“It still need a little bit of work,” said Gage, who is also the chair of board. “It would be better if it were on the very first page, with a simple ‘yes’ or ‘no.’ I want to make it as simple as possible.”
Gage said he gave the district direction to make the letter more clear and perhaps include the legal information on the second page. Gage also said he received phone calls from people who said they weren’t notified and he asked the district to investigate.
“There’s still some improvement that can be done,” Gage said.
Nearly all water used in South County is groundwater with about half pumped by private well owners for agriculture use and the other half used by businesses and residents who pay a water bill each month to a water retailer, such as the city of Morgan Hill.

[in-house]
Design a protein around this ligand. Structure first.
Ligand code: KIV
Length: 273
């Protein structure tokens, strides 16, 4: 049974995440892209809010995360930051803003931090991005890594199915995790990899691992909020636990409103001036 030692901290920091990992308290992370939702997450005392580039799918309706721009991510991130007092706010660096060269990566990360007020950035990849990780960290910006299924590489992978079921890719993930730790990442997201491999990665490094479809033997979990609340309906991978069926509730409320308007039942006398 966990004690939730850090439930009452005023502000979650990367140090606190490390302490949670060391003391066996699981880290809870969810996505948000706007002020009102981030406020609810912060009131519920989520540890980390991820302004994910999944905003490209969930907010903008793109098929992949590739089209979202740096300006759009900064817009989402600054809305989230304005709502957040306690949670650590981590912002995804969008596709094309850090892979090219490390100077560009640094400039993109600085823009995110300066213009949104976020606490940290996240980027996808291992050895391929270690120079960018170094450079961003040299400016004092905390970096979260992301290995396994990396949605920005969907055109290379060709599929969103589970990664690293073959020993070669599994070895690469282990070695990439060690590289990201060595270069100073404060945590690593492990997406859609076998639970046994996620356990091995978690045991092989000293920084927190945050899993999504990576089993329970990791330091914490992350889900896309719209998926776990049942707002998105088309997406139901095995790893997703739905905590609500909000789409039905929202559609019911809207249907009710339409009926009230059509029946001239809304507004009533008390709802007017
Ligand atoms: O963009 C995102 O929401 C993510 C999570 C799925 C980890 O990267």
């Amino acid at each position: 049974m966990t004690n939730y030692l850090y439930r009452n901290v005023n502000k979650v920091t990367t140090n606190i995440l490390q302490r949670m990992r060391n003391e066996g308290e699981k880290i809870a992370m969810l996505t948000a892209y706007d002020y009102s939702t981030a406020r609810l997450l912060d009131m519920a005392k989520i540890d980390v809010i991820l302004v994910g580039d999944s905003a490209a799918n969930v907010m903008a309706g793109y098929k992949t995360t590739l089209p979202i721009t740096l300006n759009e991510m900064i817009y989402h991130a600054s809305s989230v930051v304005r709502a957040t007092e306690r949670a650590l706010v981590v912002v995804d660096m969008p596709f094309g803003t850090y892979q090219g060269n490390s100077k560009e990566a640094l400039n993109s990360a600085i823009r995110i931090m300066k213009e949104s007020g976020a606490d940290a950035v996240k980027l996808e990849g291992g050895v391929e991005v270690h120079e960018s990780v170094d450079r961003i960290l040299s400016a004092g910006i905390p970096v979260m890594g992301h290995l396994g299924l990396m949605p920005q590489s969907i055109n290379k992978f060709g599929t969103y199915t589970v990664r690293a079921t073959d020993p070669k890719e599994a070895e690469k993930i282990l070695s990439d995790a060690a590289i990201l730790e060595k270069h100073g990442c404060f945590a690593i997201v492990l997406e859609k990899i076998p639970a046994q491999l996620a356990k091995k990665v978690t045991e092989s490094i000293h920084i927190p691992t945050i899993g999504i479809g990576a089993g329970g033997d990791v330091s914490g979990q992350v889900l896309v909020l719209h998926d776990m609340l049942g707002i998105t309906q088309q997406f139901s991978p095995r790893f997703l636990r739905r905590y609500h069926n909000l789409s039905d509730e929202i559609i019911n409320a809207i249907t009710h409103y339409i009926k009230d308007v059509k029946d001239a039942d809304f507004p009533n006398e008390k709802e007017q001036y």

Had the protest succeeded, the district would have lost the revenue generated by a 3.6 percent increase – several million dollars – that will go to a board vote this month before it is passed onto well owners. Last year – when well owners could have eliminated groundwater fees altogether for one year because the district did not increase rates – district water supply manager Keith Whitman said a successful protest could also mean no more drinking water or farm water from local aquifers.
“We would interpret (a majority protest) as, they don’t want to pay the charge that supports all those capital projects,” Whitman said in April 2010. “We’d have no choice but to respond and reduce those programs accordingly. It would be difficult even maintaining our dams and reservoirs.”